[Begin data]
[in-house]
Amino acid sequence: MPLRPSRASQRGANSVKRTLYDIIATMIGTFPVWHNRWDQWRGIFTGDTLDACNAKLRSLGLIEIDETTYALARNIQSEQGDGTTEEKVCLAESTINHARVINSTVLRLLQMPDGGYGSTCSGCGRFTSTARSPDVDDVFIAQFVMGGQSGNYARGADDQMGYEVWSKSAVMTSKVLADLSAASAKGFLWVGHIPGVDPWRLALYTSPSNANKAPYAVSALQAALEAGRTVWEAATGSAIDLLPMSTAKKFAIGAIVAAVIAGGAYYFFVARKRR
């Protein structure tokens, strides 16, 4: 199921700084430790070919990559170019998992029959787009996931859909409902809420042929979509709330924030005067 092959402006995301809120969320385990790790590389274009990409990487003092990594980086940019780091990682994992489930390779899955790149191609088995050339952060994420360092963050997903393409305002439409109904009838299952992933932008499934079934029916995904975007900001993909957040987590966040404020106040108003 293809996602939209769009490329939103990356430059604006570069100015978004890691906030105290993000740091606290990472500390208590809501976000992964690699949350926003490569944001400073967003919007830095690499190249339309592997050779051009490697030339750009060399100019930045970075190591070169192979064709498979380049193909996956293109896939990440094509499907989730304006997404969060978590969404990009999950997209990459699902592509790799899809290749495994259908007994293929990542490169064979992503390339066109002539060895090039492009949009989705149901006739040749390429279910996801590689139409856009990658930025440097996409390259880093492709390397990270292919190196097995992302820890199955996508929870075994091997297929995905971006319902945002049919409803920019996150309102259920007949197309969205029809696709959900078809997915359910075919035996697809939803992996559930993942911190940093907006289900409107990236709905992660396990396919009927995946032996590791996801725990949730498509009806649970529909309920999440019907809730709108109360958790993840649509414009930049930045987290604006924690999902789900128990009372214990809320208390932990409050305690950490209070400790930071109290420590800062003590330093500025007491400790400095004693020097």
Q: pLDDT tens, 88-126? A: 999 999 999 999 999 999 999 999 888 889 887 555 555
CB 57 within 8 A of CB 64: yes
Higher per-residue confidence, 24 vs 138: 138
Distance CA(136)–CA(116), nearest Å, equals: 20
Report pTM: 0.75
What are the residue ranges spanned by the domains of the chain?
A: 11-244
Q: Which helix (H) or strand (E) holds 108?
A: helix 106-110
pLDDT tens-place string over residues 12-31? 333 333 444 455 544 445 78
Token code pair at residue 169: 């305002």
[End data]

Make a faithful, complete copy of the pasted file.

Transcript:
[in-house]
Amino acid sequence: MPLRPSRASQRGANSVKRTLYDIIATMIGTFPVWHNRWDQWRGIFTGDTLDACNAKLRSLGLIEIDETTYALARNIQSEQGDGTTEEKVCLAESTINHARVINSTVLRLLQMPDGGYGSTCSGCGRFTSTARSPDVDDVFIAQFVMGGQSGNYARGADDQMGYEVWSKSAVMTSKVLADLSAASAKGFLWVGHIPGVDPWRLALYTSPSNANKAPYAVSALQAALEAGRTVWEAATGSAIDLLPMSTAKKFAIGAIVAAVIAGGAYYFFVARKRR
């Protein structure tokens, strides 16, 4: 199921700084430790070919990559170019998992029959787009996931859909409902809420042929979509709330924030005067 092959402006995301809120969320385990790790590389274009990409990487003092990594980086940019780091990682994992489930390779899955790149191609088995050339952060994420360092963050997903393409305002439409109904009838299952992933932008499934079934029916995904975007900001993909957040987590966040404020106040108003 293809996602939209769009490329939103990356430059604006570069100015978004890691906030105290993000740091606290990472500390208590809501976000992964690699949350926003490569944001400073967003919007830095690499190249339309592997050779051009490697030339750009060399100019930045970075190591070169192979064709498979380049193909996956293109896939990440094509499907989730304006997404969060978590969404990009999950997209990459699902592509790799899809290749495994259908007994293929990542490169064979992503390339066109002539060895090039492009949009989705149901006739040749390429279910996801590689139409856009990658930025440097996409390259880093492709390397990270292919190196097995992302820890199955996508929870075994091997297929995905971006319902945002049919409803920019996150309102259920007949197309969205029809696709959900078809997915359910075919035996697809939803992996559930993942911190940093907006289900409107990236709905992660396990396919009927995946032996590791996801725990949730498509009806649970529909309920999440019907809730709108109360958790993840649509414009930049930045987290604006924690999902789900128990009372214990809320208390932990409050305690950490209070400790930071109290420590800062003590330093500025007491400790400095004693020097």
Q: pLDDT tens, 88-126? A: 999 999 999 999 999 999 999 999 888 889 887 555 555
CB 57 within 8 A of CB 64: yes
Higher per-residue confidence, 24 vs 138: 138
Distance CA(136)–CA(116), nearest Å, equals: 20
Report pTM: 0.75
What are the residue ranges spanned by the domains of the chain?
A: 11-244
Q: Which helix (H) or strand (E) holds 108?
A: helix 106-110
pLDDT tens-place string over residues 12-31? 333 333 444 455 544 445 78
Token code pair at residue 169: 């305002």